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Apple, Google, Hulu Show Online Video Gains

The online video businesses is growing, but viewers want to watch Internet video on their TVs.

Online video viewing continues to grow, leaving market leaders like Apple, Google, and Hulu well positioned for ongoing gains.

According to an Ipsos MediaCT report, 67% of U.S. Internet users have streamed or downloaded digital video.

Brian Pickens, senior research manager at Ipsos MediaCT, said in a statement that Americans are watching a wider variety of online video than ever before. As a consequence, he suggests, TV and movie studios can be expected to continue to bring high-quality video content online. He adds that a majority of digital video viewers appear to accept video advertising as a way to subsidize the continued availability of free online content, which marketers should see as a positive sign.

In contrast to the 86% of respondents who felt it was either very or somewhat reasonable to have ads in full-length movies or TV shows online, only 50% felt the same way about ads in amateur or homemade video clips. This points to one of the challenges that YouTube faces in its effort to monetize video assets that skew toward the non-professional.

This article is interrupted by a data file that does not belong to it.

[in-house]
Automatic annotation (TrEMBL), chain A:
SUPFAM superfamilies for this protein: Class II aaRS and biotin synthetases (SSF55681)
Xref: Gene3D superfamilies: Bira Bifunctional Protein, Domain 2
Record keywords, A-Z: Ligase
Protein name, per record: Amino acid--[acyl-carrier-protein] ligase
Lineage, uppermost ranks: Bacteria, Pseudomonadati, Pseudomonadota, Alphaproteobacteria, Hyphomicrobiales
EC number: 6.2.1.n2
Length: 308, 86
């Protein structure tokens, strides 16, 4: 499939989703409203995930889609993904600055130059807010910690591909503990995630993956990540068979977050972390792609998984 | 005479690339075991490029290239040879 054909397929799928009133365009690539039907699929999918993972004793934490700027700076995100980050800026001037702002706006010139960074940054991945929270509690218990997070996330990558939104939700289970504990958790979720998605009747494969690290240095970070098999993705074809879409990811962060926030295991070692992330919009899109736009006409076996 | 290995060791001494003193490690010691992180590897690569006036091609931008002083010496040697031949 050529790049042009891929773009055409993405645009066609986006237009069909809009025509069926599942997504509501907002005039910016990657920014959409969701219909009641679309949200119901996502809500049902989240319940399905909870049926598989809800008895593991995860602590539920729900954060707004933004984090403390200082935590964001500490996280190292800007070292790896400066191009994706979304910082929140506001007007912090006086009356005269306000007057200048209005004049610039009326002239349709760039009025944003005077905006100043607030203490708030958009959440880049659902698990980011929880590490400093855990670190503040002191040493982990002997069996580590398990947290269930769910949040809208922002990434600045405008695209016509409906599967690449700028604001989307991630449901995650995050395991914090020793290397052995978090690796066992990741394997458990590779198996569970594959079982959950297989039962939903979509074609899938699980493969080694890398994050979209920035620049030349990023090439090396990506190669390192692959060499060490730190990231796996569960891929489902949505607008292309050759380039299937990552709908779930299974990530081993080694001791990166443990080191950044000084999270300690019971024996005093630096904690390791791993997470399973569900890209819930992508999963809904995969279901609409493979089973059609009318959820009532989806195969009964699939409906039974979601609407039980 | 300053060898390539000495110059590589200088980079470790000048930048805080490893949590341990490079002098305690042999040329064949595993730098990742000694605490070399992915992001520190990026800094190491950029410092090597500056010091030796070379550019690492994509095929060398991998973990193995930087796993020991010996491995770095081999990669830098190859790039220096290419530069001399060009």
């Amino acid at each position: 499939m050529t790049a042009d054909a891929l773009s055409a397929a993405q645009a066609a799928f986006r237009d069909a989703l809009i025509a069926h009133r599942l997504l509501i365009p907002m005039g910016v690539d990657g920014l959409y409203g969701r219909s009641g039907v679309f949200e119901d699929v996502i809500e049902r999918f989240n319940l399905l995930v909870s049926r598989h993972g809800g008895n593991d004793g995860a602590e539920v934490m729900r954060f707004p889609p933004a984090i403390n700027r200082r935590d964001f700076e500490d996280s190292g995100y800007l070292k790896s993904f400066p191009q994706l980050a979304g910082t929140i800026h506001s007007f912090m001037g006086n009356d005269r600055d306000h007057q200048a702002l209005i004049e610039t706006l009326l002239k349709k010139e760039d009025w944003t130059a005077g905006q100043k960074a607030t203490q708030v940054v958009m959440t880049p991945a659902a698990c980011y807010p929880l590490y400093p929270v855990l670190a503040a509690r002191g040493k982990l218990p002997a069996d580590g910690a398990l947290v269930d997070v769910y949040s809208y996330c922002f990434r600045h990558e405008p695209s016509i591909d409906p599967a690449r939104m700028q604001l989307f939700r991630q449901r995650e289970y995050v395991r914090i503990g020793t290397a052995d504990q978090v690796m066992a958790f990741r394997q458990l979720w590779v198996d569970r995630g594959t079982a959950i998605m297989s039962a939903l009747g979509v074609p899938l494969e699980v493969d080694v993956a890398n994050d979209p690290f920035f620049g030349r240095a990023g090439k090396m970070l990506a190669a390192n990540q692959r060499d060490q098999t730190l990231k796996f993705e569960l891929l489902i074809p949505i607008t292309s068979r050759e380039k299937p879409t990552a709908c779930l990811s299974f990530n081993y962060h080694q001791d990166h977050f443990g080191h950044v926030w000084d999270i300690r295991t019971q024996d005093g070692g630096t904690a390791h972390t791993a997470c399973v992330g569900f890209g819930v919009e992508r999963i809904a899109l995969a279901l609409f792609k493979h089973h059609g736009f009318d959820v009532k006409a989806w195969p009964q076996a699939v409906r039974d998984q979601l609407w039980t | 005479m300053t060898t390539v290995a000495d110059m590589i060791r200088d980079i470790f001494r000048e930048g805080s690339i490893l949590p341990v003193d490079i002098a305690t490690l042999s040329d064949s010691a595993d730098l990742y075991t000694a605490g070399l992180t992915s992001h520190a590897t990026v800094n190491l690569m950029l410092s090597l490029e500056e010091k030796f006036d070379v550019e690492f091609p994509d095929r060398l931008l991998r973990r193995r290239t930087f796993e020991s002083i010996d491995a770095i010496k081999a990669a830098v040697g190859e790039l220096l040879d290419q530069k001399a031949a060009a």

Between September 2008 and April 2009, awareness of leading digital video sites went up, significantly in some instances.

Hulu, for example, the online video site co-owned by NBC Universal, News Corp., The Walt Disney Company and Providence Equity Partners, saw market awareness rise from 9% to 41% in the months between September 2008 and April 2009 and saw usage as a video provider rise from 3% to 14%.

During the same period, Google's YouTube saw awareness increase from 83% to 87% and usage increase from 49% to 56%.

Apple's iTunes during this time also saw gains. Awareness of the iTunes Store went from 46% to 49% and usage for video delivery rose from 8% to 10%.

MySpace fared less well during this time frame, dropping from 54% to 46% in terms of awareness and 13% to 9% in terms of usage for video.

Over 150 million U.S. Internet users watched online video in July, the largest number every recorded, according to ComScore.

Users reported a strong preference for viewing online video on televisions rather than computer monitors, according to the Ipsos MediaCT study. Pickens suggests that the door is open for technologies that can help put Internet content on TVs.

Consulting firm Technology Business Research, Inc. has come to a similar conclusion. In a research note issued earlier this week about the lackluster uptake of Apple TV, the firm states that "the Web is rapidly emerging as the dominant delivery system for video, including television and movies" and that it believes Apple will upgrade its Apple TV device to make it more capable as a bridge for moving Internet content to TVs, perhaps by integrating it with a Web browser.

Apple is making a new product announcement on Wednesday morning, but the event is widely expected to focus on a refresh of its iPod product line.

InformationWeek has published an in-depth report on Google's upcoming Chrome OS. Download the report here (registration required).

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